Credit Cards. They are the only way to go. They offer protection for purchases and from fraud, provide you with a way to get cash, and typically get better exchange rates than the exchange offices ever give. Unfortunately, they also charge fees, in some cases lots of them. In addition to the ATM fee for any cash advance (and interest beginning from withdrawal) almost all cards will charge a foreign transaction fee ranging from 1% to 3% of your purchase. It pays to shop around when selecting your credit card for travel.
While Capital One is the only card that charges 0% transaction fees, we opt to use our local credit union issued credit card for international travel for a couple of reasons. One is that we like the security of being able to call a person who has worked with us face to face should we run into a problem. Another is that my particular credit union (this is not true for all) does not charge interest on cash advances unless you carry a balance (so if you pay off the card every month, you only pay the ATM and 1% fees, not interest on the money you withdrew). On this last trip we learned our lesson in terms of credit card use. For nearly everything we used the CU Visa but for a small number of purchases we use our Chase Visa (we needed more cash than was allowed from each account in one day, so used both cards); the fees on the CU Visa totaled $32 while the fees for significantly less charging on the Chase card totaled over $100.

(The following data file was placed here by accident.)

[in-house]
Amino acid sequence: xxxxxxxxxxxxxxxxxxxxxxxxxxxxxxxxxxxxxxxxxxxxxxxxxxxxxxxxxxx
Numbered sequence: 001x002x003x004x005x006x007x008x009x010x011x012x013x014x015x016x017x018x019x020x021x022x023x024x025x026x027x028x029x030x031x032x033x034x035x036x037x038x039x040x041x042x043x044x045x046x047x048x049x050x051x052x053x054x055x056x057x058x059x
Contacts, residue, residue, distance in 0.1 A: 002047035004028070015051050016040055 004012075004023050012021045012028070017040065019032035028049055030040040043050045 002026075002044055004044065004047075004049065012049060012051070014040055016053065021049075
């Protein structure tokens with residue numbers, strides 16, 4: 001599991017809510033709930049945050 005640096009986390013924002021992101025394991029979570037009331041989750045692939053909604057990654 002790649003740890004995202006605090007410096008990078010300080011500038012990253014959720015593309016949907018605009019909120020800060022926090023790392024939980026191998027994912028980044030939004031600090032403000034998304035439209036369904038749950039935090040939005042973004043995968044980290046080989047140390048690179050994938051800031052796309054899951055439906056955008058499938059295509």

In addition to (mostly) using a CU card, there are some other precautions we take when traveling overseas:
- call/go online to confirm travel dates and destinations
- keep credit card phone numbers with our itinerary papers (they live in a plastic folder in my luggage; yes, I travel with a plastic folder)
- record card numbers and phone numbers to leave with a trusted individual at home. Typically this is my parents. Our rationale is that when we get mugged/pickpocketed/swindeled, we can more easily report this to a credit card company if we have all the information. We also leave them our passport numbers, flight times/numbers, and hotel phone numbers. You only need to sit alone in one foreign airport for 14 hours, overnight, with no way to reach anyone locally and no knowledge of your hotel address to determine that this is not overkill.
- Never carry all the credit cards at once–we have four between us, with different numbers, we’re good if we lose one.
And why not traveler’s checks? You will get a shitty rate. Hotels (especially small ones) don’t want deal with them when they can just make you go get cash. They aren’t that secure (unless you are super organized). And finally, who wants to waste time finding a bank during opening hours (especially in Italy, where opening hours are, lets say, flexible) to wait in line and change money?